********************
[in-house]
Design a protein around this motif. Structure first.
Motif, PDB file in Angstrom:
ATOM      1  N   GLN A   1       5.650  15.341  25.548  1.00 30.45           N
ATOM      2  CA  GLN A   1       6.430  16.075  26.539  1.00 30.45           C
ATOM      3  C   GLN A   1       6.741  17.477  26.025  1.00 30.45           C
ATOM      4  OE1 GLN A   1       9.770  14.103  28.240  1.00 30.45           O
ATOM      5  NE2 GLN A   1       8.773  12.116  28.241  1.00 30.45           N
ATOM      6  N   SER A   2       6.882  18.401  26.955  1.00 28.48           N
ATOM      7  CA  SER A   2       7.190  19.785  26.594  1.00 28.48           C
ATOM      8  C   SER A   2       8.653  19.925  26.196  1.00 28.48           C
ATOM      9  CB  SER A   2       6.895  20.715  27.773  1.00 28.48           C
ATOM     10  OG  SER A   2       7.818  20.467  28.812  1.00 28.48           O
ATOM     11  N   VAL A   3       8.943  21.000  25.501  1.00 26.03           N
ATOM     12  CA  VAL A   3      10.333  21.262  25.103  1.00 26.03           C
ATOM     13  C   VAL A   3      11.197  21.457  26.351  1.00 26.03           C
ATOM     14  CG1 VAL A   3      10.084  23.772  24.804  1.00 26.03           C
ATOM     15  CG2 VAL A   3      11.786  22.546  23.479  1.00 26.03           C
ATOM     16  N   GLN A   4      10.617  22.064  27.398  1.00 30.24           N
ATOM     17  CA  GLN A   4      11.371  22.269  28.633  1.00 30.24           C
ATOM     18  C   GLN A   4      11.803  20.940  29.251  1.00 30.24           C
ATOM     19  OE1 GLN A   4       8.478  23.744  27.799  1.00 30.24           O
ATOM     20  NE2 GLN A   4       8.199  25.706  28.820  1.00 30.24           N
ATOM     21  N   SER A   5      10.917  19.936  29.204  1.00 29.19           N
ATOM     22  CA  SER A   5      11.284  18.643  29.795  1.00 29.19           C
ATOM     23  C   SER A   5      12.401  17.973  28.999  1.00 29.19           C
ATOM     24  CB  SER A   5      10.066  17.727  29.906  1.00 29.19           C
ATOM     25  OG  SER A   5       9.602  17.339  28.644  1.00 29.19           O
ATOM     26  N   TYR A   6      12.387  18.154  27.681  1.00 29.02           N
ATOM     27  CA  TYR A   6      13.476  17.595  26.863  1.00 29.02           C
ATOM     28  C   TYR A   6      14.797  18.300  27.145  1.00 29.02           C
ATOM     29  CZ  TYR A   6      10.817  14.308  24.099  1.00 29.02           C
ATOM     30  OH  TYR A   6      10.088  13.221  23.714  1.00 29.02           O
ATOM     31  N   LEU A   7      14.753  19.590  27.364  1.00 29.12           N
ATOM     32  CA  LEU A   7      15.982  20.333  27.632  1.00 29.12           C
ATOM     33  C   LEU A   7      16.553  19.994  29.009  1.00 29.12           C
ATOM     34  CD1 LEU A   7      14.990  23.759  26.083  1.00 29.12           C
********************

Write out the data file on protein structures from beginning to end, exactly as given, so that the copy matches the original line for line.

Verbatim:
[in-house]
Design a protein around this motif. Structure first.
Motif, PDB file in Angstrom:
ATOM      1  N   GLN A   1       5.650  15.341  25.548  1.00 30.45           N
ATOM      2  CA  GLN A   1       6.430  16.075  26.539  1.00 30.45           C
ATOM      3  C   GLN A   1       6.741  17.477  26.025  1.00 30.45           C
ATOM      4  OE1 GLN A   1       9.770  14.103  28.240  1.00 30.45           O
ATOM      5  NE2 GLN A   1       8.773  12.116  28.241  1.00 30.45           N
ATOM      6  N   SER A   2       6.882  18.401  26.955  1.00 28.48           N
ATOM      7  CA  SER A   2       7.190  19.785  26.594  1.00 28.48           C
ATOM      8  C   SER A   2       8.653  19.925  26.196  1.00 28.48           C
ATOM      9  CB  SER A   2       6.895  20.715  27.773  1.00 28.48           C
ATOM     10  OG  SER A   2       7.818  20.467  28.812  1.00 28.48           O
ATOM     11  N   VAL A   3       8.943  21.000  25.501  1.00 26.03           N
ATOM     12  CA  VAL A   3      10.333  21.262  25.103  1.00 26.03           C
ATOM     13  C   VAL A   3      11.197  21.457  26.351  1.00 26.03           C
ATOM     14  CG1 VAL A   3      10.084  23.772  24.804  1.00 26.03           C
ATOM     15  CG2 VAL A   3      11.786  22.546  23.479  1.00 26.03           C
ATOM     16  N   GLN A   4      10.617  22.064  27.398  1.00 30.24           N
ATOM     17  CA  GLN A   4      11.371  22.269  28.633  1.00 30.24           C
ATOM     18  C   GLN A   4      11.803  20.940  29.251  1.00 30.24           C
ATOM     19  OE1 GLN A   4       8.478  23.744  27.799  1.00 30.24           O
ATOM     20  NE2 GLN A   4       8.199  25.706  28.820  1.00 30.24           N
ATOM     21  N   SER A   5      10.917  19.936  29.204  1.00 29.19           N
ATOM     22  CA  SER A   5      11.284  18.643  29.795  1.00 29.19           C
ATOM     23  C   SER A   5      12.401  17.973  28.999  1.00 29.19           C
ATOM     24  CB  SER A   5      10.066  17.727  29.906  1.00 29.19           C
ATOM     25  OG  SER A   5       9.602  17.339  28.644  1.00 29.19           O
ATOM     26  N   TYR A   6      12.387  18.154  27.681  1.00 29.02           N
ATOM     27  CA  TYR A   6      13.476  17.595  26.863  1.00 29.02           C
ATOM     28  C   TYR A   6      14.797  18.300  27.145  1.00 29.02           C
ATOM     29  CZ  TYR A   6      10.817  14.308  24.099  1.00 29.02           C
ATOM     30  OH  TYR A   6      10.088  13.221  23.714  1.00 29.02           O
ATOM     31  N   LEU A   7      14.753  19.590  27.364  1.00 29.12           N
ATOM     32  CA  LEU A   7      15.982  20.333  27.632  1.00 29.12           C
ATOM     33  C   LEU A   7      16.553  19.994  29.009  1.00 29.12           C
ATOM     34  CD1 LEU A   7      14.990  23.759  26.083  1.00 29.12           C